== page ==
Kentucky’s early muzzleloader season for deer will be held this weekend, Oct. 16-17. The forecast is calling for rain Friday, but clear and cooler both Saturday and Sunday with lows dipping into the 40s. That should get both deer and hunters stirring after weeks of very warm weather.

Hunting with a muzzleloader used to be called traditional hunting because it harkened back to the days of buckskin-clad hunters stalking the woods with flintlock rifles reminiscent of Daniel  Boone and company. There are a few adventurous souls scattered about these days who wouldn’t think of hunting any other way and I admire their perseverance. For the most part, muzzleloader hunting today is anything but traditional.

Legal firearms for the muzzleloader hunt are defined by the KDFWR as a rifle, shotgun, or handgun that is loaded from the discharging end of the barrel or the discharging end of the cylinder (KAR 2:172(14). Hunters may use black powder or any of the black powder substitutes including both granular and pelleted propellants. Even modern smokeless powder may be used in  muzzle-loading rifles that are designed specifically to use modern smokeless powder. Do not put  modern smokeless powder into a regular muzzleloader however, or key parts of you and your rifle will be scattered about upon the ground. 

As for bullets, hunters may use round lead balls, conical bullets and modern bullets that require  the use of a plastic sabot. Muzzle-loading rifles may also be equipped with open sights,  telescopic sights, red-dot sights, or any combination thereof. Muzzle-loading shotguns may be  used (not regular shotguns), but must be no larger than 10 gauge and shoot round balls, conical bullets, or bullets that require sabots. Buck shot is not legal for deer in Kentucky. Just so you know, cowboy and other antique or modern firearms that use a metallic cartridge that is loaded from the breech are not legal for use during the muzzleloader season even though the cartridges may contain black powder.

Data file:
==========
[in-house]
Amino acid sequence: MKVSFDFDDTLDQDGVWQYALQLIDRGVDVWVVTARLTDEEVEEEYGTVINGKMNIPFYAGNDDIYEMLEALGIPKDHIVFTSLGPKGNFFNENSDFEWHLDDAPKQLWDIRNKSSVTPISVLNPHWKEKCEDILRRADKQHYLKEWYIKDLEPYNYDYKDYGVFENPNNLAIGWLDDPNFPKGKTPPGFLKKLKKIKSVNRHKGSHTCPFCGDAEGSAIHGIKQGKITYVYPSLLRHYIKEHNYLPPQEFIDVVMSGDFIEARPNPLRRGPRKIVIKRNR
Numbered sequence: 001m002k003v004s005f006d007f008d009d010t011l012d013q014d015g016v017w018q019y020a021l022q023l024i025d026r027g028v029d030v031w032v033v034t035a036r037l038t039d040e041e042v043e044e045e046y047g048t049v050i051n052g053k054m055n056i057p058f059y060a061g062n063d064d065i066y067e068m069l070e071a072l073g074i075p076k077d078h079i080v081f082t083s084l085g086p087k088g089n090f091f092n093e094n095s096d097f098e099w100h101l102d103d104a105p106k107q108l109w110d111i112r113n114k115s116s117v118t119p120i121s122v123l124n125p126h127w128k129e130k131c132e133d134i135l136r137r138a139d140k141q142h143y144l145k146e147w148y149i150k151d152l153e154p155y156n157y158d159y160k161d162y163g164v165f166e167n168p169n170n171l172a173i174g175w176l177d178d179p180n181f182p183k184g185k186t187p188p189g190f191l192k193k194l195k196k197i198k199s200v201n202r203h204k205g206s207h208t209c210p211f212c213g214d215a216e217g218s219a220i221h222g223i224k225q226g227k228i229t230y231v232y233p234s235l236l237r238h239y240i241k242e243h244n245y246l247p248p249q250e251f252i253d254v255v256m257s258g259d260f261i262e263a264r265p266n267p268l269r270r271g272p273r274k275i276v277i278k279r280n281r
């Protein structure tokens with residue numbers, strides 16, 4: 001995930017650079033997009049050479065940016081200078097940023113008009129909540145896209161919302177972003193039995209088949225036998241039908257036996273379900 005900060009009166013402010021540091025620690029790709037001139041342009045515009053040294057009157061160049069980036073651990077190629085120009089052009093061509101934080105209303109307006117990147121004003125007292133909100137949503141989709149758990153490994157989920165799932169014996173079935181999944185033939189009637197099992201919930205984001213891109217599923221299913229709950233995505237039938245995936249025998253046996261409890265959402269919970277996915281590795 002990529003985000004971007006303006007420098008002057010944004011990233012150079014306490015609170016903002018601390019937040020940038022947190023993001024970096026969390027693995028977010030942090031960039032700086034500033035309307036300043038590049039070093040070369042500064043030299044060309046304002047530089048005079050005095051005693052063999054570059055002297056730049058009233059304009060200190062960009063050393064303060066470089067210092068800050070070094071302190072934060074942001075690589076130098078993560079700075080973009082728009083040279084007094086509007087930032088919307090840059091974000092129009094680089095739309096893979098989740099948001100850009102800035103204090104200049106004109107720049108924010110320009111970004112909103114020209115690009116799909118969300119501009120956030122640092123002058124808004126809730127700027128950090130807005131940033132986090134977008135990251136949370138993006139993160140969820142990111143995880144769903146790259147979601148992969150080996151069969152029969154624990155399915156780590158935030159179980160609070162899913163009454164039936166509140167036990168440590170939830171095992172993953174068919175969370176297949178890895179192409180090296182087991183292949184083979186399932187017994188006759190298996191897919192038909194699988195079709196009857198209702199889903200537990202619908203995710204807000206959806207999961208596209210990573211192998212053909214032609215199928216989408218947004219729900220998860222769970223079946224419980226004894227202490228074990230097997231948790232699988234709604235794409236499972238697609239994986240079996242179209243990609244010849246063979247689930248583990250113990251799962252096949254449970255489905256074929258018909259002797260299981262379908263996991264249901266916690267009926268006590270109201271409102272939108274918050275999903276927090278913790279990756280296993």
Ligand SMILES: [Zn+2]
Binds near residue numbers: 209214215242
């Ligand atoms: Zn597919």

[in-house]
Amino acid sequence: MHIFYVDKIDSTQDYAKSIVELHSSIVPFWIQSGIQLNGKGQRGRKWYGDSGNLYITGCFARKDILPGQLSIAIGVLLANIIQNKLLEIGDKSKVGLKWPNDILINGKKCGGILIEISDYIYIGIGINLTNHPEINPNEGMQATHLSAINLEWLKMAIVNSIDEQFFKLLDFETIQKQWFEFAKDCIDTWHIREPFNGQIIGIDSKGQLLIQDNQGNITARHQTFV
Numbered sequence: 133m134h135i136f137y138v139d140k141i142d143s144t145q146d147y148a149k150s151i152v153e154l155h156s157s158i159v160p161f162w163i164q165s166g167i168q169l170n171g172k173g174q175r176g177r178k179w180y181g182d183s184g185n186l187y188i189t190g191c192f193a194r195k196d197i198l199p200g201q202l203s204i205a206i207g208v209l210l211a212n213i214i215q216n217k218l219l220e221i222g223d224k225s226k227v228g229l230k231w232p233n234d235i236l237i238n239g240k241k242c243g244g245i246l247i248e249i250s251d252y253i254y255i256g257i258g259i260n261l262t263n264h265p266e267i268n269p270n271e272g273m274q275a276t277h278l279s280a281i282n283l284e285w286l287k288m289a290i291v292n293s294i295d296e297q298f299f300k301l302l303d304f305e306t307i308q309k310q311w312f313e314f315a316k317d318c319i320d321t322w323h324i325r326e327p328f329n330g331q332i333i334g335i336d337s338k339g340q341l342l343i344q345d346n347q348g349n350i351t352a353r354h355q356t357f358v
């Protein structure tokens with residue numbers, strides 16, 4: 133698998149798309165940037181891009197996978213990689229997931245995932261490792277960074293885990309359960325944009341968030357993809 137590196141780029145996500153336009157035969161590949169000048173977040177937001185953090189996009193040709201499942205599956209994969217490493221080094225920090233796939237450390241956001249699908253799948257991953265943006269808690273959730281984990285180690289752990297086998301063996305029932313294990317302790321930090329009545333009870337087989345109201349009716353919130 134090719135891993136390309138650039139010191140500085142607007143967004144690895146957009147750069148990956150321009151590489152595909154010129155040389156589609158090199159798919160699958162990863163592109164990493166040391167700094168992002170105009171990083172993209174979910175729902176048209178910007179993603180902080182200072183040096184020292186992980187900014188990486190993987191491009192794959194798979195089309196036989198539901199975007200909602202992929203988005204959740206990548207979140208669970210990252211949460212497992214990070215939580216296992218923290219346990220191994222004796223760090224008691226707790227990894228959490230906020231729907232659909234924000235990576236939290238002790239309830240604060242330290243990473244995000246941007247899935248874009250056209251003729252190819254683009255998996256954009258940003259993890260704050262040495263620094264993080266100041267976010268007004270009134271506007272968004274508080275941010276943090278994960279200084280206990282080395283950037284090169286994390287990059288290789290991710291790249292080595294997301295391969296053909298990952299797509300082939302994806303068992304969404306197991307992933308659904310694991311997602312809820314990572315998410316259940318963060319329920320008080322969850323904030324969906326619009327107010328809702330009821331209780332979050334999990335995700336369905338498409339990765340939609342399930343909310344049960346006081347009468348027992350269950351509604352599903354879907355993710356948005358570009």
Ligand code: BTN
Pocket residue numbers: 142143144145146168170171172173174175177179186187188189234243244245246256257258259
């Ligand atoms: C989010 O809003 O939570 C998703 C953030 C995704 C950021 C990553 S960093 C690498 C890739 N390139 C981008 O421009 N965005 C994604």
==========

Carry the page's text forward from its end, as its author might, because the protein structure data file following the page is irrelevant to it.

During any muzzleloader or firearm season, all hunters and anyone accompanying a hunter must wear the required amount of hunter orange clothing. This can be accomplished with an orange hat or cap and an orange vest or jacket. The idea is to have hunter orange visible from all sides on the head, neck, back, and chest. Anyone traipsing around outdoors, whether hunting any species of game, working, or just out for a stroll should wear hunter orange during the firearm deer seasons. Hunting deer in Kentucky requires both a hunting license and a statewide deer permit. You do not have to have a license or permit if you are younger than 12. Kentucky residents who hunt on land that they own are not required to have a license or permit. The exemption also applies to the owner’s spouse and dependent children. Non-resident landowners must have a non-resident hunting license and a deer permit. 

The early muzzleloader season will be the first season where hunters within the five-county CWD surveillance zone will be required to have their deer examined at a designated CWD check station. This applies to any deer harvested during the muzzleloader weekend including deer taken